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SGT. SHAFT: Vet asks where to find list of units exposed to Agent Orange
Even if a veteran is not filing a claim, a veteran may conduct his or her own research and submit scanned documentary evidence such as deck logs, ship histories and cruise book entries via email to 211_AOSHIPS.VBACO@va.gov.
Service on board ships anchored in an open water harbor, such as Da Nang Harbor, or on ships on other open waters around Vietnam during the war, is not considered sufficient for the presumption of Agent Orange exposure. For veterans interested in obtaining deck logs, contact the National Archives at College Park, Md., at http://www.archives.gov/dc-metro/college-park/researcher-info.html.
The Agent Orange Claims Processing System website located at https://www.fasttrack.va.gov/AOFastTrack/ may be used to submit claims related to the three conditions added to the list of Agent Orange presumptives last year (Parkinson’s disease, hairy cell and other chronic B-cell leukemias, and ischemic heart disease).
This website makes it easy to electronically file a claim and allows veterans and their physicians to upload evidence supporting the claim. It also permits online viewing of claim status.
Veterans claiming other conditions may file online at VA’s My-eBenefits website at: https://www.ebenefits.va.gov/ebenefits-portal/ebenefits.portal. They can check the status of their claim with a premium account (confirming their identity), and use a growing number of online services.
Service members may enroll in My-eBenefits using their Common Access Card at any time during their military service, or before they leave during their Transition Assistance Program briefings.
Veterans may also enroll through their myPay or MyHealtheVet accounts, by visiting their local VA regional office or Veteran Service Organization, or by calling 1-800-827-1000.
• The Sarge joins Sen. Jim Webb, Virginia Democrat, in support of his statement regarding the conclusion of the U.S.-Japan Security Consultative Committee meeting. The committee has extended the 2014 deadline for implementing the existing 2006 Realignment Roadmap for military basing.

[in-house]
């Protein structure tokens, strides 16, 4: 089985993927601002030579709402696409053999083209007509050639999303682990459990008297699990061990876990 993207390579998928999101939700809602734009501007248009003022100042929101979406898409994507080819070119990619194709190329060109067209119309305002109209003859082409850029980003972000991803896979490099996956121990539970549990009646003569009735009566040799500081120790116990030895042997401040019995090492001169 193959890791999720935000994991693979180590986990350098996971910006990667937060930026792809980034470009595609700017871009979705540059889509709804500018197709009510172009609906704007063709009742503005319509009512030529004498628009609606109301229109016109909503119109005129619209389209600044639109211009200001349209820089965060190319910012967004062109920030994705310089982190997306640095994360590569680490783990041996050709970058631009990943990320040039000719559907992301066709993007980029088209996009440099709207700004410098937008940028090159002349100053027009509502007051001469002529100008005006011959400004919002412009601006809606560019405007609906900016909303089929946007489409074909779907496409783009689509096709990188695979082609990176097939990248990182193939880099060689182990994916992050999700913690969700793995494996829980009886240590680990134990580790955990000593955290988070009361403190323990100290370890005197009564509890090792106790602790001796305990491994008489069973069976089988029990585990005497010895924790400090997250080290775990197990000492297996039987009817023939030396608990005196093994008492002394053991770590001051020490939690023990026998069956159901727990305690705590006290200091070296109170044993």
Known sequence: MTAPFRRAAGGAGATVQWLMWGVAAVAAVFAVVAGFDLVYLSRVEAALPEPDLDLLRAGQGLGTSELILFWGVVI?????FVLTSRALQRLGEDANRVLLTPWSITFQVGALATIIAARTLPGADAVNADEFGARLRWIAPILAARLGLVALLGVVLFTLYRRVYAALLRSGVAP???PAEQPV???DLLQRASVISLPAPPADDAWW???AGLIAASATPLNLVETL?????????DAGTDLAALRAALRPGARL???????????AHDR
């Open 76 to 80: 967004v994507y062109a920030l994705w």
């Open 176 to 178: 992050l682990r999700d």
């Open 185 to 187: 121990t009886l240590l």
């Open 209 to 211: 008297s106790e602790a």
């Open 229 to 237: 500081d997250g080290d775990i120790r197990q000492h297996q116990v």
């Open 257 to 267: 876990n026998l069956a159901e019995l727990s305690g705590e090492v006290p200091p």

“I welcome the ministers’ affirmation that the U.S.-Japan Alliance remains ‘indispensable.’ During my time in the Senate, I have consistently maintained that the U.S. must reinvigorate its role as the guarantor of stability in East Asia.
“The decisions announced today with respect to basing realignments were predictable. However, the reality of extensive delay in completing the Futenma Replacement Facility as it is now proposed underscores the importance of resolving U.S. basing realignments in a more realistic manner for the good of our alliance and for our strategic posture in East Asia. This is precisely what I, along with Senators Levin and McCain, recommended to the Secretary of Defense last month. Subsequently, I have engaged all levels of the U.S. and Japanese military and civilian leadership.
“I am confident that the provisions on East Asia basing in the defense authorization bill approved by the Senate Committee on Armed Services last week will be adopted. At that time, Congress will have provided a clear statement of intent to the Department of Defense regarding the need to evaluate and eventually adopt more realistic alternatives. I will continue to advocate a workable, cost-effective solution to reduce the burden on the Okinawan people, fulfill our commitment to the U.S.-Japan security alliance, and strengthen the U.S. contribution to regional security.”
• Send letters to Sgt. Shaft, c/o John Fales, P.O. Box 65900, Washington, D.C. 20035-5900; fax 301/622-3330, call 202/257-5446 or email email@example.com.
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About the Author
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